Semolina Cake (Harissa) Recipe

Posted on
 Make sure you have all your ingredients measured beforehand Semolina Cake (Harissa) Recipe


3 cups semolina (or Cream of Wheat)
¾ cup desiccated (unsweetened, shredded) coconut, optional
¾ cup unsalted butter, melted and cooled
¾ cup sugar
1 ½ tsp. baking soda
1 cup plain yogurt
Whole blanched almonds or pistachios, to garnish


1 cup sugar
1 cup water
½ small lemon, juiced, or ½ tsp. orange or rose flower water


Preheat panggangan to 400 degrees.

Make sure you have all your ingredients measured beforehand. It’s hard to pull things out and measure with a messy hand.

Next make the sugar syrup. Bring the sugar and water to a boil on high heat. Then lower the heat and continue to simmer for five minutes, remove from heat and add your choice of flavoring.

Grease the pan with a light film of butter. With my bowl of melted butter sitting there at the ready it was efficient to just dip my fingers into it and grease the pan that way.

Mix the semolina, coconut (optional, but I used it and found it gave a very subtle taste), sugar and butter in a large bowl. Here’s the fun part: you get to use your hands to do this! You can make a well in the middle and pour the butter into the well. Then just start by tipping the semolina in from the edges of the bowl, eventually using your hands to incorporate everything. That way you won’t get super greasy hands. The mixture feels crumbly and quite pleasant in your hands.

In a separate bowl stir the yogurt and baking soda together, wait a few minutes until the yogurt doubles in size. When the yogurt has doubled (or almost) pour it on top of the semolina mix, and again, feel free to use your hands to mix.

Gently pat the batter down on a small jellyroll pan or a 9 x 13 baking dish. I used a small jellyroll (1/2 sheet pan) and it worked out perfectly. The cake mix should not be more than 1” thick. If it is, bake the cake in a bigger pan or take out the extra and bake it in a separate pan.

Now, using a butter knife, cut a diamond or square pattern in the cake. I cut mine into squares, 3 rows by 6 will give you 18 squares, or 4 rows by 6 for 24 squares. I know that diamonds are more traditional, but then you have all those odd corner pieces that don’t really add up to much. Press your choice of nut in each piece.

Bake for 30-35 minutes until it is a bronze color. Make sure to check after 30 minutes, mine was done at that point. Remove from the oven, and while it is still hot pour the syrup all over the cake. Although it is recommended to let the syrup cool and then drizzle over the cake I poured hot syrup over the hot cake and it may have been absorbed even better than cold syrup would have. Do use all the syrup – I found that the cake soaked it up immediately – and make sure to cover all the edges and corners adequately.

To serve you will have to re-cut along the lines again. This can easily be made one day ahead of time and stored in an airtight tin.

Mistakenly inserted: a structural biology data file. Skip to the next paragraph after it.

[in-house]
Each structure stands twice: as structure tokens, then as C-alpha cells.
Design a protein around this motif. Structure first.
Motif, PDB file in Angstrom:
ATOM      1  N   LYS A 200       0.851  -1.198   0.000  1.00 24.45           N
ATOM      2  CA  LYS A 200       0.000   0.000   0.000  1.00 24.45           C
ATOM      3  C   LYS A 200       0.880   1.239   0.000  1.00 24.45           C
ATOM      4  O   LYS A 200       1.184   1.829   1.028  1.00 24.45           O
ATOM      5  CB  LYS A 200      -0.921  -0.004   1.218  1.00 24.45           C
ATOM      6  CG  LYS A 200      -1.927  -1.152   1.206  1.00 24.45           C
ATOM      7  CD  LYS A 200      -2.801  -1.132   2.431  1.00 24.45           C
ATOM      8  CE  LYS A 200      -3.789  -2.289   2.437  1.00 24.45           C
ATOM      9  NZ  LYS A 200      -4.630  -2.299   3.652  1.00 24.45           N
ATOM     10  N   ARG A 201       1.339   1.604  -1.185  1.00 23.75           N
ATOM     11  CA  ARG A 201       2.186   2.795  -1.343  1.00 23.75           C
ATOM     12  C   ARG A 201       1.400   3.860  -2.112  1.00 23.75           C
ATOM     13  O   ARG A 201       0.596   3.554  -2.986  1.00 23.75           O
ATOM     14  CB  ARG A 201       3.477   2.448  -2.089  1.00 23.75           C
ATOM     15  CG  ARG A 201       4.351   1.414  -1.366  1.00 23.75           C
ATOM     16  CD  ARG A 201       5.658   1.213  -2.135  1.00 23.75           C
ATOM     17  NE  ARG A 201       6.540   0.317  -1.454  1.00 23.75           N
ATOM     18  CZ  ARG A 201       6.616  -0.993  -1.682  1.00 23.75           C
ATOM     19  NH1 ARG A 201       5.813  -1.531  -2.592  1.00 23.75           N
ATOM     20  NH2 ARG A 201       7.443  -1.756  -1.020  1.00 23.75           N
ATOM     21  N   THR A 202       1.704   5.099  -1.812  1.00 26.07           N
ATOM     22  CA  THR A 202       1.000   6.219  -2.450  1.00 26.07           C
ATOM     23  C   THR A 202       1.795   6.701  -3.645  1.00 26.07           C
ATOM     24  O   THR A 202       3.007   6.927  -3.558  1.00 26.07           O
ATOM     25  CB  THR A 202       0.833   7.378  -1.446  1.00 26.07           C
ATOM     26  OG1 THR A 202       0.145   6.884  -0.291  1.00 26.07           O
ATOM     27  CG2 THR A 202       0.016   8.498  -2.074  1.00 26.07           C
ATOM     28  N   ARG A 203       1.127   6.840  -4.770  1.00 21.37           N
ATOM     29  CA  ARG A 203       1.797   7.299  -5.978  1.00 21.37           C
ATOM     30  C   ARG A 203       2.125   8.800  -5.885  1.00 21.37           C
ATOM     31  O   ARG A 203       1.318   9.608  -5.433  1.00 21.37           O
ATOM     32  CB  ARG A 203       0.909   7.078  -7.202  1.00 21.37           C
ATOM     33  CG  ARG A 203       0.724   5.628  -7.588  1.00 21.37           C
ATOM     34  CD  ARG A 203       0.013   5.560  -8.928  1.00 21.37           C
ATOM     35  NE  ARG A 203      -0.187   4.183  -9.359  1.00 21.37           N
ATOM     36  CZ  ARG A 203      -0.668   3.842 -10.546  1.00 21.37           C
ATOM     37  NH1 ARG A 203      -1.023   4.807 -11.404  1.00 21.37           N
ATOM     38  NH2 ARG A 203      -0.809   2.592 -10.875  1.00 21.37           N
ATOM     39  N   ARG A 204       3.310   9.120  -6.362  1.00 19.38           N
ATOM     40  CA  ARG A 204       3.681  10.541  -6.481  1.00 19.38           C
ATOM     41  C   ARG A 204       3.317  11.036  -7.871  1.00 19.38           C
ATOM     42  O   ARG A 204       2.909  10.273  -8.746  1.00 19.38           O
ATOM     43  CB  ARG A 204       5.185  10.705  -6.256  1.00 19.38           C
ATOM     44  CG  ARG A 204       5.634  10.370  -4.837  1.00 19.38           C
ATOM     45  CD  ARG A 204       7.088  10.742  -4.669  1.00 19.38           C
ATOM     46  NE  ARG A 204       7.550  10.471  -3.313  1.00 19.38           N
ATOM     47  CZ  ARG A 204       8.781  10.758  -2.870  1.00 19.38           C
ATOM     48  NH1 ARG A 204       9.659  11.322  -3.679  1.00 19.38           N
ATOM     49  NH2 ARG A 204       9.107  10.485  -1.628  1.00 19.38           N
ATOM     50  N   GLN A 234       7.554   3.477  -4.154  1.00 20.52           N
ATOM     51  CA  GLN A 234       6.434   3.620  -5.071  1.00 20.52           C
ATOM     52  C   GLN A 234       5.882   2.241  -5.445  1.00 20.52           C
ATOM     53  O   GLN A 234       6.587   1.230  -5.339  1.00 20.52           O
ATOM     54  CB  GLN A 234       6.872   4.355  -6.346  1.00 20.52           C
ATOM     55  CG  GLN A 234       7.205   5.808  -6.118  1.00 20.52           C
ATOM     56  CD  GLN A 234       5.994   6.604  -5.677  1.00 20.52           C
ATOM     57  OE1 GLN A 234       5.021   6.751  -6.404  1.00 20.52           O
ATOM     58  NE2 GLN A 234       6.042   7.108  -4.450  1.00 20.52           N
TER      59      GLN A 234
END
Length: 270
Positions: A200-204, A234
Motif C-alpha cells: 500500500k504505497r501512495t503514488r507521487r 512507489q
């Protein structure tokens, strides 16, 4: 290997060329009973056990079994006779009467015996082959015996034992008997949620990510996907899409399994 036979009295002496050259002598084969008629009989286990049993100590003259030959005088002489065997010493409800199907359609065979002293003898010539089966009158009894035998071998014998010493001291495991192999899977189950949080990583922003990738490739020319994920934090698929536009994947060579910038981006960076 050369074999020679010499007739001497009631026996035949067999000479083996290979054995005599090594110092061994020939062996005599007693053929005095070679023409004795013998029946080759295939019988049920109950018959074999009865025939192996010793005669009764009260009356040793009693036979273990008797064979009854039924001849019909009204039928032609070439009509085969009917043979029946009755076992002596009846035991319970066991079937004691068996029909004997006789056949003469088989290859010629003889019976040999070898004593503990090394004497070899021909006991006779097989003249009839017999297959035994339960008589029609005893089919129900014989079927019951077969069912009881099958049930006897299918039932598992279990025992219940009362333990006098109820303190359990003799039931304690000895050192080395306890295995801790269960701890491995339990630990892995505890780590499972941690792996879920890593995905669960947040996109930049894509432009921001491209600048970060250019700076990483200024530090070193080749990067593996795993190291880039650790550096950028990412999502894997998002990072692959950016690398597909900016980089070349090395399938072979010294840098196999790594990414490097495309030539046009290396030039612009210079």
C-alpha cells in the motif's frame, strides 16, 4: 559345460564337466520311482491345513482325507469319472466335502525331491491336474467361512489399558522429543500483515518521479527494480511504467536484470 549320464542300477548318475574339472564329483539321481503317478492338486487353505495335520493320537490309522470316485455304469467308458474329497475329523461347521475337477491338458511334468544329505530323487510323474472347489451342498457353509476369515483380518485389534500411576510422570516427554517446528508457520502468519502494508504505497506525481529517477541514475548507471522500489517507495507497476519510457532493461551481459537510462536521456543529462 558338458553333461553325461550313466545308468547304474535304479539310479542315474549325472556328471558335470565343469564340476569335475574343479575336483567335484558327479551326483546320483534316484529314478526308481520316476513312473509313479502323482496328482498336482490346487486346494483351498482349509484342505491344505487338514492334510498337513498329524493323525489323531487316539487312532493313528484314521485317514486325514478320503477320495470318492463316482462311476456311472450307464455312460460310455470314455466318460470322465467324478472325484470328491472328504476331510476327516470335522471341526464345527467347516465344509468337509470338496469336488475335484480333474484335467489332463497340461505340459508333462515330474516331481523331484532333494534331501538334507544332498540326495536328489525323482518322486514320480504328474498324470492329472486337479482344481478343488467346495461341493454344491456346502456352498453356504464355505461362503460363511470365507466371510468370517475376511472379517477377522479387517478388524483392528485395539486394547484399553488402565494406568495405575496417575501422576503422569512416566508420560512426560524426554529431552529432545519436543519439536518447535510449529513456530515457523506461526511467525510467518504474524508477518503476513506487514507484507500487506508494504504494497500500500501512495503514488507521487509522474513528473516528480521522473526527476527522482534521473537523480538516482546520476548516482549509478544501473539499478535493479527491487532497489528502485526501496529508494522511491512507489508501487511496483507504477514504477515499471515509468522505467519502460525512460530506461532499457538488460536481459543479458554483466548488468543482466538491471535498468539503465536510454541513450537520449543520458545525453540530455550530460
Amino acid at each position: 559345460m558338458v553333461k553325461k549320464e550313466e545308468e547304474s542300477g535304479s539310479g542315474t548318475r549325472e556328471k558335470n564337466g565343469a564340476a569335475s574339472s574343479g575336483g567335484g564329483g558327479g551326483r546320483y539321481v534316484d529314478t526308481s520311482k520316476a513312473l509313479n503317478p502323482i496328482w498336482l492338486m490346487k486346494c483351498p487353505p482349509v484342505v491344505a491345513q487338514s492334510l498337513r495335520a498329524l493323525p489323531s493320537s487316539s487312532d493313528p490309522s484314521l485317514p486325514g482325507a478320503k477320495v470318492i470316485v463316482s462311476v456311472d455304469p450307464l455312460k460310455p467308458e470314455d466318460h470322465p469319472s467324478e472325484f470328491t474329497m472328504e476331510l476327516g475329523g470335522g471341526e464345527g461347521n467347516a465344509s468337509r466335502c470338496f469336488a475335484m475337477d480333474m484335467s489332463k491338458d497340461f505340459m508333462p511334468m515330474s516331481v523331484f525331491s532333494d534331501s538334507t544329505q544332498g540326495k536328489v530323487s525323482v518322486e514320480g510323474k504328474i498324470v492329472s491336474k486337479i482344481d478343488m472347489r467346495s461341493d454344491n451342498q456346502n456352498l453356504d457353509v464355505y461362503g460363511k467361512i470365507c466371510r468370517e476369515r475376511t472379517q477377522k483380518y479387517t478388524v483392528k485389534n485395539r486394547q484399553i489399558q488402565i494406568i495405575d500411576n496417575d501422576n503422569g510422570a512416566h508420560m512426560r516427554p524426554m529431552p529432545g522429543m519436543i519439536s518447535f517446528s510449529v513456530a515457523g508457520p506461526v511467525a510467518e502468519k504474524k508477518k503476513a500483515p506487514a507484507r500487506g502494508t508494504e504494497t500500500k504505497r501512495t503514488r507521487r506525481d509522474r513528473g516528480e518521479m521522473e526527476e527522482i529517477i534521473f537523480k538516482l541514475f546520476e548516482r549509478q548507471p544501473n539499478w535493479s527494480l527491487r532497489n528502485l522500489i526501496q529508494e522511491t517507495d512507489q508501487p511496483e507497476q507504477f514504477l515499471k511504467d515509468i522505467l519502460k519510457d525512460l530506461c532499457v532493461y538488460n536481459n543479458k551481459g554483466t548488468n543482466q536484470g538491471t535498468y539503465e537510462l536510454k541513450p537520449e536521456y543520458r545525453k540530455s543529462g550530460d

Best Restaurants in America If you eat out in the U.S.A. and want the best dining experiences possible, this guide is for you What makes a good restaurant a “best”? Food that’s better than just good, of course. A dining room and a level of service that suit the quality of what’s on the plate. A good wine list (which doesn’t always mean an encyclopedic one), good beers and/or cocktails where appropriate. And then the less easily quantifiable stuff: personality, imagination (or intelligent commitment to a lack of same), consistency. 101 Best Restaurants in America (Gallery) When we were a young website, way back in 2011, we drew up our first 101 ranking ourselves, making a list of the places where we, The Daily Meal’s editors, liked to eat. Taking into consideration our mood, our budget, and where we happened to be when we get hungry, how would we vote, we asked ourselves — not only with our critical faculties but with our mouths and our wallets? Where would we send friends? Where would we want to dine if we had one night in this city or that? By this method, we ended up with a shortlist of 150 places. Then we argued, advocated, and cajoled each other on behalf of restaurants ranging from old-fashioned to avant-garde, ultra-casual to super-fancy. Finally, we invited an illustrious panel of judges (restaurant critics, food and lifestyle writers, and bloggers) from across America to help order restaurants via an anonymous survey and tallied results to assemble a ranked list. Upstairs, the simple Scandinavian-style dining room is kitted out with tables that look like tangled tree trunks, carved by Tom senior. The ingredient-led 12-course tasting menu is constantly changing (you might spot one of the chefs picking a final herb flourish outside minutes before it hits your plate). Starters could include a mouthful of smoked eel and apple, or an exploding dumpling of ox cheek and lovage. A crapaudine beetroot slow-cooked in beef fat is meaty in texture as well as flavour, and local lamb is paired with turnip and mint. Even the bread with sour butter is sensational. Afterwards you’ll be grateful for the walk through the village to a pretty rose-covered house where some of the nine bedrooms have antique oak four-posters and copper bateau baths. Wake to the sound of cows mooing in the next field and head back to the inn for a simple breakfast of sheep’s yogurt with fresh berry compote and house granola or toasted brioche heaped with mushrooms and a duck egg. Unsurprisingly, the most talked about restaurant in Yorkshire is often full, so book it quick. By Tabitha Joyce.

Leave a Reply

Your email address will not be published. Required fields are marked *